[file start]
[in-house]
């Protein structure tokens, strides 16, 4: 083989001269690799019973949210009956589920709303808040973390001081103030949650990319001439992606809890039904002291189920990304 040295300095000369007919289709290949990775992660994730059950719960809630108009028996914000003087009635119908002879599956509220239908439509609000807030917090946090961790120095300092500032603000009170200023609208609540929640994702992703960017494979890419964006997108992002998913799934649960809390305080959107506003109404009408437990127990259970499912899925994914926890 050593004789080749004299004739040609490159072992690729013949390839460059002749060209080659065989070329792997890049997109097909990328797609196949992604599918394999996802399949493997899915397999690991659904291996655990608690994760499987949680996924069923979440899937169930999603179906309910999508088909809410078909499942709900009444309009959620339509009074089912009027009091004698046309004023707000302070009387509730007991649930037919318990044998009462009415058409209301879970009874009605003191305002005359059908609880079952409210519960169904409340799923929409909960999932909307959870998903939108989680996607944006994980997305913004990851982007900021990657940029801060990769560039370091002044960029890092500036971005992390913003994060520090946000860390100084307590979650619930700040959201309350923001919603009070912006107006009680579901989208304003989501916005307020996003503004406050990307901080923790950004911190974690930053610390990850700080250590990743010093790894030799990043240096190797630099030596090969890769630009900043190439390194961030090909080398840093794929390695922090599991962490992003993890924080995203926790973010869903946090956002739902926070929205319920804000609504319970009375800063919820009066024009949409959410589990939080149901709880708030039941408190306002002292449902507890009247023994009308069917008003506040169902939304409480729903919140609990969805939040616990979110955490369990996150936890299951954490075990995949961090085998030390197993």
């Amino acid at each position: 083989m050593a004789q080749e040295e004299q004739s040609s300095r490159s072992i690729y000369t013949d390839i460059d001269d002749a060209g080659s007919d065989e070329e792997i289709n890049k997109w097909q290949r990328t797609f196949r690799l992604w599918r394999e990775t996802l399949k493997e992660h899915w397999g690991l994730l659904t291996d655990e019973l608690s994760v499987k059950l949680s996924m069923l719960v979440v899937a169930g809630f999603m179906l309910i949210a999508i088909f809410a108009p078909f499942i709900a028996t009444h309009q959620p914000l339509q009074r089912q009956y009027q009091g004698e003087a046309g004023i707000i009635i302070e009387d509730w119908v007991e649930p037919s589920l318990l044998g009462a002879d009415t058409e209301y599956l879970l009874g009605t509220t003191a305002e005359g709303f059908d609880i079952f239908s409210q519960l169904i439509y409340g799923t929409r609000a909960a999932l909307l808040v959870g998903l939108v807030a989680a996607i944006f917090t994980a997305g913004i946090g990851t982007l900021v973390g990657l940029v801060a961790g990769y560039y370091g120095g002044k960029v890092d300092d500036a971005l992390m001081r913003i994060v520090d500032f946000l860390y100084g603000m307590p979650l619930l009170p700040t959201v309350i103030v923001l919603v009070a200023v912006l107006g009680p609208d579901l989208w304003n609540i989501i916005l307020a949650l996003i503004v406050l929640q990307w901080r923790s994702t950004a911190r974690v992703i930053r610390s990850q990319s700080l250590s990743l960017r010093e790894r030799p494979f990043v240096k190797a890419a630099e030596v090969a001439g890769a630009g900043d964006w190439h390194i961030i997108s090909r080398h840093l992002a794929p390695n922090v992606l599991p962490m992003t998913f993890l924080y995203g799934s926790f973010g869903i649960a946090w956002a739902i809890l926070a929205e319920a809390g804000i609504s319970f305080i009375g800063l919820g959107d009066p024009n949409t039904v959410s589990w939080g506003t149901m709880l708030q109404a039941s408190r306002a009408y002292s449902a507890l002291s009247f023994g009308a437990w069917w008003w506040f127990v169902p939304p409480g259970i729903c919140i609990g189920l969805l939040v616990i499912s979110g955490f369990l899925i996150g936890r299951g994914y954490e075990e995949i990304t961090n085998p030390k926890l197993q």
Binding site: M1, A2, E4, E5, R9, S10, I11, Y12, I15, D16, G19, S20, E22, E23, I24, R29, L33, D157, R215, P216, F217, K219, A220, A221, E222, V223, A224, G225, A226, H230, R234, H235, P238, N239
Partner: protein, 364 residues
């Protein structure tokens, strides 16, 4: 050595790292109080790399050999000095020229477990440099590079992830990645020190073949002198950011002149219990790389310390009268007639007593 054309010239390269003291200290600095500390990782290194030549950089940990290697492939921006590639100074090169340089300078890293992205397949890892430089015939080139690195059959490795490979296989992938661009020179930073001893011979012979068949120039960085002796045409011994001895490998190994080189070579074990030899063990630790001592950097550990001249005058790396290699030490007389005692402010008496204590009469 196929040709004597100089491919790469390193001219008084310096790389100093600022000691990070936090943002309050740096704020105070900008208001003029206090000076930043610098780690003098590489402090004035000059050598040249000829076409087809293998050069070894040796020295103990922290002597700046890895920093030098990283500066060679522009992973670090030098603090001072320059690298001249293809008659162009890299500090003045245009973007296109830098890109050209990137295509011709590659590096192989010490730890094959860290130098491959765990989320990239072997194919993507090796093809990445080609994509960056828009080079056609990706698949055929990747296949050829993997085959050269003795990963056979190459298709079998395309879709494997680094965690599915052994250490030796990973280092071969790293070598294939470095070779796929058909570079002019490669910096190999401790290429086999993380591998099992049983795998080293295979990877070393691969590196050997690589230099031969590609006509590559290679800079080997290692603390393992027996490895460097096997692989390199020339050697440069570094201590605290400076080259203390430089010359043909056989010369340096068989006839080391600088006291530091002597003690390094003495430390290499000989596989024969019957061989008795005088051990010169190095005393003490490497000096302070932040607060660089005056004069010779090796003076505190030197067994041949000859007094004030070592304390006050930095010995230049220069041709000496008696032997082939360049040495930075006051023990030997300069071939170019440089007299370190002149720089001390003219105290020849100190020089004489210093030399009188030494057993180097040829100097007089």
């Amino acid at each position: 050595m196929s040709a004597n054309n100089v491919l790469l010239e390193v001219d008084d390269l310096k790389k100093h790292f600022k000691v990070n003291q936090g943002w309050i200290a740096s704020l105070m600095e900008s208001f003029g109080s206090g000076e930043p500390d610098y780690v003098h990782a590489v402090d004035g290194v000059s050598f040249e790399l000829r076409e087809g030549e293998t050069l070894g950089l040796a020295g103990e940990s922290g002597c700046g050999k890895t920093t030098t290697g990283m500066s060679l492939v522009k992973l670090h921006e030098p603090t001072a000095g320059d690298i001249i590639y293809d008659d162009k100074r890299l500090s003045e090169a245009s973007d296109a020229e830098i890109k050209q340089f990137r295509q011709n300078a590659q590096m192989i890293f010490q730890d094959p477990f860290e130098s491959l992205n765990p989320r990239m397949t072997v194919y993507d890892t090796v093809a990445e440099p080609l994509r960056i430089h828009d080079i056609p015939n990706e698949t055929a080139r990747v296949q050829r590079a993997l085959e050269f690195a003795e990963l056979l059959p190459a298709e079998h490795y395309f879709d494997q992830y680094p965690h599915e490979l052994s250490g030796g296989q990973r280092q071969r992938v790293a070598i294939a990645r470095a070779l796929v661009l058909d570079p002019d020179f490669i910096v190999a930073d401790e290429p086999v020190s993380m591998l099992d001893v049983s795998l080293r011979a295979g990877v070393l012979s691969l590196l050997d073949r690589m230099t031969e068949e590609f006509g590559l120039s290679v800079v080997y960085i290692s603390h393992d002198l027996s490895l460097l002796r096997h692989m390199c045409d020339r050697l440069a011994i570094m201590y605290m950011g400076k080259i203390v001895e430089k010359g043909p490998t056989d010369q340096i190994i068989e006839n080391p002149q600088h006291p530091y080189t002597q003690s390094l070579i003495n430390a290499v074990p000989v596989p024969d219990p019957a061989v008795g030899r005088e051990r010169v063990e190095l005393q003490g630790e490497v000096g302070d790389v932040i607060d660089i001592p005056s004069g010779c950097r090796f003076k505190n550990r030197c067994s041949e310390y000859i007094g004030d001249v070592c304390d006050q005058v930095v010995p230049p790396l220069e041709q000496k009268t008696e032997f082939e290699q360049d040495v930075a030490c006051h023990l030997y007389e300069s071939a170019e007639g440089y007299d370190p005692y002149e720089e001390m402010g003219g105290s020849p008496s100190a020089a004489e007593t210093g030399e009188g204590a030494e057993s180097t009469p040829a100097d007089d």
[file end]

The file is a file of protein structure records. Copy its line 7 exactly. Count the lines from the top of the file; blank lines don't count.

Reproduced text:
């Amino acid at each position: 050595m196929s040709a004597n054309n100089v491919l790469l010239e390193v001219d008084d390269l310096k790389k100093h790292f600022k000691v990070n003291q936090g943002w309050i200290a740096s704020l105070m600095e900008s208001f003029g109080s206090g000076e930043p500390d610098y780690v003098h990782a590489v402090d004035g290194v000059s050598f040249e790399l000829r076409e087809g030549e293998t050069l070894g950089l040796a020295g103990e940990s922290g002597c700046g050999k890895t920093t030098t290697g990283m500066s060679l492939v522009k992973l670090h921006e030098p603090t001072a000095g320059d690298i001249i590639y293809d008659d162009k100074r890299l500090s003045e090169a245009s973007d296109a020229e830098i890109k050209q340089f990137r295509q011709n300078a590659q590096m192989i890293f010490q730890d094959p477990f860290e130098s491959l992205n765990p989320r990239m397949t072997v194919y993507d890892t090796v093809a990445e440099p080609l994509r960056i430089h828009d080079i056609p015939n990706e698949t055929a080139r990747v296949q050829r590079a993997l085959e050269f690195a003795e990963l056979l059959p190459a298709e079998h490795y395309f879709d494997q992830y680094p965690h599915e490979l052994s250490g030796g296989q990973r280092q071969r992938v790293a070598i294939a990645r470095a070779l796929v661009l058909d570079p002019d020179f490669i910096v190999a930073d401790e290429p086999v020190s993380m591998l099992d001893v049983s795998l080293r011979a295979g990877v070393l012979s691969l590196l050997d073949r690589m230099t031969e068949e590609f006509g590559l120039s290679v800079v080997y960085i290692s603390h393992d002198l027996s490895l460097l002796r096997h692989m390199c045409d020339r050697l440069a011994i570094m201590y605290m950011g400076k080259i203390v001895e430089k010359g043909p490998t056989d010369q340096i190994i068989e006839n080391p002149q600088h006291p530091y080189t002597q003690s390094l070579i003495n430390a290499v074990p000989v596989p024969d219990p019957a061989v008795g030899r005088e051990r010169v063990e190095l005393q003490g630790e490497v000096g302070d790389v932040i607060d660089i001592p005056s004069g010779c950097r090796f003076k505190n550990r030197c067994s041949e310390y000859i007094g004030d001249v070592c304390d006050q005058v930095v010995p230049p790396l220069e041709q000496k009268t008696e032997f082939e290699q360049d040495v930075a030490c006051h023990l030997y007389e300069s071939a170019e007639g440089y007299d370190p005692y002149e720089e001390m402010g003219g105290s020849p008496s100190a020089a004489e007593t210093g030399e009188g204590a030494e057993s180097t009469p040829a100097d007089d």